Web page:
David Day: Because Countries Don't Like to Admit Defeat, They Often Keep Fighting Long After Looming Defeat Is Obvious

Roundup: Historians' Take

David Day, in the Australian (12-22-04):

[David Day, an honorary associate of the history program at LaTrobe University in Melbourne, is author of Conquest: A New History of the Modern World (forthcoming, HarperCollins).]

If history is any guide, it will take many more lives than the nearly 1 per cent of the population who have been killed since the toppling of Saddam. The historical record reveals that governments tend to keep their armies fighting long after defeat has become almost certain.

To avoid the political cost of surrender, they enter a state of denial about defeat. Rather than cutting their losses at an early stage and thereby limiting the bloodshed, political and military leaders tend to keep the troops fighting and the civilians dying until defeat is incontrovertible.

Thus, within three weeks of the landing at Gallipoli in 1915, it was clear to British military and political figures that Winston Churchill's mad plan for capturing the Dardanelles was doomed to failure. Yet no one was prepared to pay the political cost that would be incurred by calling a stop to a campaign that had already taken the lives of 15,000 Allied troops. It would take seven more months of senseless fighting, tens of thousands more deaths and the exposure of the debacle in the press before the British admitted defeat.

Similarly, on the Western Front of World War I, millions of troops were sent to their deaths in useless offensives when both sides knew their forces would be unable to break through the formidable defences of trenches and barbed wire to score a decisive victory. It was only when the German home front collapsed, partly under the impact of the economic embargo, that the generals and politicians conceded the uselessness of it all and agreed to an armistice.

In World War II, the German denial of defeat continued until the Allies had occupied most of Germany and the Russian armies had levelled Berlin. Even then, Hitler hoped that a last-minute rupture between the Americans and Russians might yet save his Reich from destruction. Only after his suicide could the surviving Nazis attempt to sue for peace. As for their Japanese allies in the Pacific, not even the fire-bombing of Tokyo and the destruction of its navy could force the Japanese government to surrender in 1945. It took the atomic bombs on Hiroshima and Nagasaki to make Japan acknowledge what had been clear to the rest of the world for nearly three years.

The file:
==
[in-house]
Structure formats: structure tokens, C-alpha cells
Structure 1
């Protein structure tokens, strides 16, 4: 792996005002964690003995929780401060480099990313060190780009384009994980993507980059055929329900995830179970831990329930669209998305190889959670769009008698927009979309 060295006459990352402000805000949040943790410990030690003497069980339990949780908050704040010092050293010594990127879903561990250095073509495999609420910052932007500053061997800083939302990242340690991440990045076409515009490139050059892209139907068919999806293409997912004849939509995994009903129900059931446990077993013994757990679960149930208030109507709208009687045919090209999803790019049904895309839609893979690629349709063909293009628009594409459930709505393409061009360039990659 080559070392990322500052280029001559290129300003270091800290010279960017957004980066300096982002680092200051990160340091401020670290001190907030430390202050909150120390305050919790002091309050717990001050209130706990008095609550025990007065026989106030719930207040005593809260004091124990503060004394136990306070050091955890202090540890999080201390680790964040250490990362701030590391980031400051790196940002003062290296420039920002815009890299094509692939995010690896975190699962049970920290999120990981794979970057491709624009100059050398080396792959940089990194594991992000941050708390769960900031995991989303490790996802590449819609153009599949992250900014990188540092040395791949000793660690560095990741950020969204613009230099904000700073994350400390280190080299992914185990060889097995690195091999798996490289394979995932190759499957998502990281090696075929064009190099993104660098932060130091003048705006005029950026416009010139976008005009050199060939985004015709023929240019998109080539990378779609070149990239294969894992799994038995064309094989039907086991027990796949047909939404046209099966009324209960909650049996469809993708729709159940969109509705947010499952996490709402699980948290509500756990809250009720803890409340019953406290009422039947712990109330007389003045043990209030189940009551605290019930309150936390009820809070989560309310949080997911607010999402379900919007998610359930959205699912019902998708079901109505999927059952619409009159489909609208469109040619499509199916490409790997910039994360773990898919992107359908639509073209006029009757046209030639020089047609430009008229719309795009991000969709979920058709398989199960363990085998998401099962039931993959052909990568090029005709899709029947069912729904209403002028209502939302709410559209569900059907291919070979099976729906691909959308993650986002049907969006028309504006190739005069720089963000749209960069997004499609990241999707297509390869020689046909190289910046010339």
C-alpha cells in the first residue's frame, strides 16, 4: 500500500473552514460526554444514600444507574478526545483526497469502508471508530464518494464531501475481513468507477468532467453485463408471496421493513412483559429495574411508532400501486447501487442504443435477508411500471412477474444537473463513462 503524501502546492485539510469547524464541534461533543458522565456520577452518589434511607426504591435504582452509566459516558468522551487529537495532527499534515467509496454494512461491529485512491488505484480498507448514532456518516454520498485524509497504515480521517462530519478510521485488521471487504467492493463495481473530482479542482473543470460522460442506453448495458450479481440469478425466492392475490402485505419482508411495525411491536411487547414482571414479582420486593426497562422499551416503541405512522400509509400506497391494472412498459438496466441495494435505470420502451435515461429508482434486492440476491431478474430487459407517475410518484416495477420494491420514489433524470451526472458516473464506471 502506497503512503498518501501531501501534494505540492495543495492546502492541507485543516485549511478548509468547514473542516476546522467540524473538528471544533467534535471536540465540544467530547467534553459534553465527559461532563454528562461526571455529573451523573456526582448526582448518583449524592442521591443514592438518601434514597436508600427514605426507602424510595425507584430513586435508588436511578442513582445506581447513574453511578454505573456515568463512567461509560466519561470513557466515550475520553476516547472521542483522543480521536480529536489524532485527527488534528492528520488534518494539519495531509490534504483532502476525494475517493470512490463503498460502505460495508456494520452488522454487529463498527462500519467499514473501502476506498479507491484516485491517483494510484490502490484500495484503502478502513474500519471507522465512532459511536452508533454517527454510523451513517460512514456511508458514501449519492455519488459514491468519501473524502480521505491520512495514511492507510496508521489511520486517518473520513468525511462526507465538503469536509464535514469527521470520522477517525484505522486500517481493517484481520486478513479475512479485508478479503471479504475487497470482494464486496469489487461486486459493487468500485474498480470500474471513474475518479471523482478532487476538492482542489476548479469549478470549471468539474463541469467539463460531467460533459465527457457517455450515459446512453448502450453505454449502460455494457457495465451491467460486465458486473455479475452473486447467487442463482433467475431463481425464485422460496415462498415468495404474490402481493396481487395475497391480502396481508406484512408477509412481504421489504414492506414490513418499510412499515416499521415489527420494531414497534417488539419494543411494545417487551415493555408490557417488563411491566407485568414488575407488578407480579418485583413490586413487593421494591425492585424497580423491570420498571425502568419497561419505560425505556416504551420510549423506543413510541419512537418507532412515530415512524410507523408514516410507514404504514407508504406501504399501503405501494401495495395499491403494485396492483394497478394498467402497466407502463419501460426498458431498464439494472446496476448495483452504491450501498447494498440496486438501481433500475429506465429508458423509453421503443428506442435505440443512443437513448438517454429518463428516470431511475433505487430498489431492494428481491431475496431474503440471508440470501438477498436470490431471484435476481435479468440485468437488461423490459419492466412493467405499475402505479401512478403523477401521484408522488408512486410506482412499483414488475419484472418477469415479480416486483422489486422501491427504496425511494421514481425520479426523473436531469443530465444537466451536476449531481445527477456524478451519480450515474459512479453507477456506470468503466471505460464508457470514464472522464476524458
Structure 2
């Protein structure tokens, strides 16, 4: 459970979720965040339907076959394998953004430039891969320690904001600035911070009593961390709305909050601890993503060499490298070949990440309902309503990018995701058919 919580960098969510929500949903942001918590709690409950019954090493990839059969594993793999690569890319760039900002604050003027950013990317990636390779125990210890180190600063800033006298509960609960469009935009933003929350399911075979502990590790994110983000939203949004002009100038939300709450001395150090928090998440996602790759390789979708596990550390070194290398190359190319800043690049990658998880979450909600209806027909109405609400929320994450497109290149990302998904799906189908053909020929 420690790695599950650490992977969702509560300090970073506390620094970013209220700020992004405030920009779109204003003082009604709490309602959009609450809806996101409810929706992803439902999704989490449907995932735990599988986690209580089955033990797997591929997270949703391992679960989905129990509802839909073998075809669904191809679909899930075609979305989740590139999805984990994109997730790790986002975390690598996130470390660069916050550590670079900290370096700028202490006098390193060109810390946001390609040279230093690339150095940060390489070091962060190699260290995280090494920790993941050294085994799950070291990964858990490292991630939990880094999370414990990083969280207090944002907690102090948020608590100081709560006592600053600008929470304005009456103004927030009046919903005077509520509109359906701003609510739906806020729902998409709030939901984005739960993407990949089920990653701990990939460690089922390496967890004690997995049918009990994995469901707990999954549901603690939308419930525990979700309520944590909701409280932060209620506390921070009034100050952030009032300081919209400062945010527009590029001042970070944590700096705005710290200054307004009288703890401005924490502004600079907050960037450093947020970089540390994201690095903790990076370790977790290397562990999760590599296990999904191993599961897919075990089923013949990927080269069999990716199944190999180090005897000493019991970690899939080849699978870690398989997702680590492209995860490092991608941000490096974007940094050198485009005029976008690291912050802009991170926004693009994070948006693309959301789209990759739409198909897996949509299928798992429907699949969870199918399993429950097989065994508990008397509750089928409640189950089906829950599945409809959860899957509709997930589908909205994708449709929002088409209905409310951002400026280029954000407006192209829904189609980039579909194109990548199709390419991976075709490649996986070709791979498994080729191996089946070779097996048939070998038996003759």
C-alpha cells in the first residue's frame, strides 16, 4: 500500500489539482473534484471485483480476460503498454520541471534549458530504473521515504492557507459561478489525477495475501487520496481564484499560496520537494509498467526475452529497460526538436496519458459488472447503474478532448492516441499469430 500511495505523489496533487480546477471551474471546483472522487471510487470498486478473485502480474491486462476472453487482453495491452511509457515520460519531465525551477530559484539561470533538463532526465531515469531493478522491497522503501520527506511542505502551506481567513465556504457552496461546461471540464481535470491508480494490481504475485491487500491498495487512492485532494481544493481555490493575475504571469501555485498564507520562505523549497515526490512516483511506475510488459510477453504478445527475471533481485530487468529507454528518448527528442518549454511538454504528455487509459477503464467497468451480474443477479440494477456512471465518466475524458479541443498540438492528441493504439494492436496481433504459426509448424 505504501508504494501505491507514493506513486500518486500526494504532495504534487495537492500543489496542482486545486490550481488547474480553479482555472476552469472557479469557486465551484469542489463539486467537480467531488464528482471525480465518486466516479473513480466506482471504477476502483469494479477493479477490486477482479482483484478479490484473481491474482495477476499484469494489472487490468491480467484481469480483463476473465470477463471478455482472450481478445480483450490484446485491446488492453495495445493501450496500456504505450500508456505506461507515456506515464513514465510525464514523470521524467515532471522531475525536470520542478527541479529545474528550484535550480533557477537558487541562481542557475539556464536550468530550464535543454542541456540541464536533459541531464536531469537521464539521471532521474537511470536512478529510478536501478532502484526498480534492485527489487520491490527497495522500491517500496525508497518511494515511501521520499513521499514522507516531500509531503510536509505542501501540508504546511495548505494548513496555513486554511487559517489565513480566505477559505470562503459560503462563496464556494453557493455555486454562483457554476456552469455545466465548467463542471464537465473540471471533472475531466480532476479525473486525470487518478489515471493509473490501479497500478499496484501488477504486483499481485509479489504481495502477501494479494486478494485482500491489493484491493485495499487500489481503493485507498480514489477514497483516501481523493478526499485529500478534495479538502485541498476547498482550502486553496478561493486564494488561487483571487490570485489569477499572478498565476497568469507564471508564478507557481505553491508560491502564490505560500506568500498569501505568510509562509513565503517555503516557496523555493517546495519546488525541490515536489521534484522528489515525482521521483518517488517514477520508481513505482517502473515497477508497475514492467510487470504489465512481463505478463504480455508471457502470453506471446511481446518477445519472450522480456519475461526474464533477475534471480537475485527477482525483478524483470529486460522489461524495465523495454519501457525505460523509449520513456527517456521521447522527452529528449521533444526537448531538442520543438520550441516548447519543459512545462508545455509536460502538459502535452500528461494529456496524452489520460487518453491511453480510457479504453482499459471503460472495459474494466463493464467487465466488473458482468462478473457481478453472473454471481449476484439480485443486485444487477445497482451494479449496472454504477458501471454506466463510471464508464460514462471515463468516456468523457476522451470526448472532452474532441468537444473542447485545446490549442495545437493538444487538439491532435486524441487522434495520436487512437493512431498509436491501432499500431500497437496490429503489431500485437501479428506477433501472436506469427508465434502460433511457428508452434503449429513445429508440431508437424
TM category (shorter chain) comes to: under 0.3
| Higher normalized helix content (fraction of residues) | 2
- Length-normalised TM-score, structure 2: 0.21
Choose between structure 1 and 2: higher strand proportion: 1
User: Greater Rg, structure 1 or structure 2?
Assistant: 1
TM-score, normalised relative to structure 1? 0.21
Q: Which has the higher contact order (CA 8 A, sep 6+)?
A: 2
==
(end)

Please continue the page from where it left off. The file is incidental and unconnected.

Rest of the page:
Sometimes, of course, denying defeat can buy time for an apparently vanquished nation during which the situation might be turned around. Thus the British denied defeat following the collapse of their forces in France in 1940. Instead of agreeing to a compromise peace with Germany, the intervening English Channel allowed them to adopt a defiant stance when a cool assessment of the opposing forces might have dictated otherwise. Eighteen months later, the balance of forces shifted in Britain's favour and the defeat of Dunkirk was gradually transformed into eventual victory, although at the cost of many millions of lives that might otherwise have been saved.

Britain was sustained in its denial of defeat in 1940 by a sense of the justice of its cause and the innate superiority of its arms and people, a belief that was sorely tested by events such as the fall of Singapore.

The Americans were fortified by a similar sense when they went into Vietnam in the 1960s, setting their technology and their manpower against the Vietnamese guerillas. They were even more sorely tested than the British because of the ignominy of their eventual defeat 10 years later, when they had to withdraw by the anti-war turmoil at home and defeat on the battlefield.

Despite nearly 50,000 dead, the Americans were loath to acknowledge Vietnam as a defeat. Some blamed the US, under pressure from the peace movement, for supposedly restricting its forces from unleashing their full fury against the Vietnamese and thereby denying them victory. Not that much was held back, with everything from defoliation to napalm used against the Vietnamese at the cost of more than 1million lives.

For some Americans, the war in Iraq is meant to expunge the ignominy of Vietnam, which is partly why the agony for Iraqis is likely to be prolonged. But there are other factors that make an early end to this war unlikely.

First, there will be no clear battlefield defeat like the French defeat at Dien Bien Phu to force a US withdrawal. Instead, there is likely to be continuing skirmishes and bombings that take a growing, but never devastating, toll on the US forces. Without some such climactic act, the pressure for withdrawal will take a long time to build.

Second, the domestic American opposition to the war, as well as the opposition worldwide, will continue to be muted by the brutality of the insurgency and the feeling that the world is better off without Saddam.

Third, the Americans have too strong an interest in retaining control of Iraq to give it up lightly....

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